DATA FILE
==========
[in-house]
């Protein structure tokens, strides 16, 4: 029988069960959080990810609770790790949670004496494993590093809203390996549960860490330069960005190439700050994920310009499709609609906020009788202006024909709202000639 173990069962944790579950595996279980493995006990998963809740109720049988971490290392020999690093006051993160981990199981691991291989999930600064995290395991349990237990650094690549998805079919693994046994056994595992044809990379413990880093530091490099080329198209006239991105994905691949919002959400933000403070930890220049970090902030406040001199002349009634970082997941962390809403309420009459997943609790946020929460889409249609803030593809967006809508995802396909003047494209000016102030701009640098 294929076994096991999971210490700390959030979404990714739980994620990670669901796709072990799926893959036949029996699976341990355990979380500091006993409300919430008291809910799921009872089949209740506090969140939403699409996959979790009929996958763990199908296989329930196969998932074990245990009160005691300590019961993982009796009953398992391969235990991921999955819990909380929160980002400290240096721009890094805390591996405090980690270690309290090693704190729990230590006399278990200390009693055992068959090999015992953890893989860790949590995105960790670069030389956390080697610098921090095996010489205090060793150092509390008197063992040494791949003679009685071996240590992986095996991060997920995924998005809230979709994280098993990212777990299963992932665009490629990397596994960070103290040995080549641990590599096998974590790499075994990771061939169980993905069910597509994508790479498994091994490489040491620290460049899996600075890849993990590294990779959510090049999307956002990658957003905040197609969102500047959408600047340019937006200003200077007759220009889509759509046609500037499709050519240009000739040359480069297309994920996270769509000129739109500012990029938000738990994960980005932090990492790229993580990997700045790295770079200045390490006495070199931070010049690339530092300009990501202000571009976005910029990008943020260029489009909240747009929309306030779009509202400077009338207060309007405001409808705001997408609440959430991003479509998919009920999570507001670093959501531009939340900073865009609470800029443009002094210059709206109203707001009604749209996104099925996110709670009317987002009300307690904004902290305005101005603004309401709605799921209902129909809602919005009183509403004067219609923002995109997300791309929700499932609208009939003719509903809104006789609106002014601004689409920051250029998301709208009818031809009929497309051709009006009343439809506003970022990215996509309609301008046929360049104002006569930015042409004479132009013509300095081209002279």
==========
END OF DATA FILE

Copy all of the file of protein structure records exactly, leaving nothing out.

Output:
[in-house]
């Protein structure tokens, strides 16, 4: 029988069960959080990810609770790790949670004496494993590093809203390996549960860490330069960005190439700050994920310009499709609609906020009788202006024909709202000639 173990069962944790579950595996279980493995006990998963809740109720049988971490290392020999690093006051993160981990199981691991291989999930600064995290395991349990237990650094690549998805079919693994046994056994595992044809990379413990880093530091490099080329198209006239991105994905691949919002959400933000403070930890220049970090902030406040001199002349009634970082997941962390809403309420009459997943609790946020929460889409249609803030593809967006809508995802396909003047494209000016102030701009640098 294929076994096991999971210490700390959030979404990714739980994620990670669901796709072990799926893959036949029996699976341990355990979380500091006993409300919430008291809910799921009872089949209740506090969140939403699409996959979790009929996958763990199908296989329930196969998932074990245990009160005691300590019961993982009796009953398992391969235990991921999955819990909380929160980002400290240096721009890094805390591996405090980690270690309290090693704190729990230590006399278990200390009693055992068959090999015992953890893989860790949590995105960790670069030389956390080697610098921090095996010489205090060793150092509390008197063992040494791949003679009685071996240590992986095996991060997920995924998005809230979709994280098993990212777990299963992932665009490629990397596994960070103290040995080549641990590599096998974590790499075994990771061939169980993905069910597509994508790479498994091994490489040491620290460049899996600075890849993990590294990779959510090049999307956002990658957003905040197609969102500047959408600047340019937006200003200077007759220009889509759509046609500037499709050519240009000739040359480069297309994920996270769509000129739109500012990029938000738990994960980005932090990492790229993580990997700045790295770079200045390490006495070199931070010049690339530092300009990501202000571009976005910029990008943020260029489009909240747009929309306030779009509202400077009338207060309007405001409808705001997408609440959430991003479509998919009920999570507001670093959501531009939340900073865009609470800029443009002094210059709206109203707001009604749209996104099925996110709670009317987002009300307690904004902290305005101005603004309401709605799921209902129909809602919005009183509403004067219609923002995109997300791309929700499932609208009939003719509903809104006789609106002014601004689409920051250029998301709208009818031809009929497309051709009006009343439809506003970022990215996509309609301008046929360049104002006569930015042409004479132009013509300095081209002279």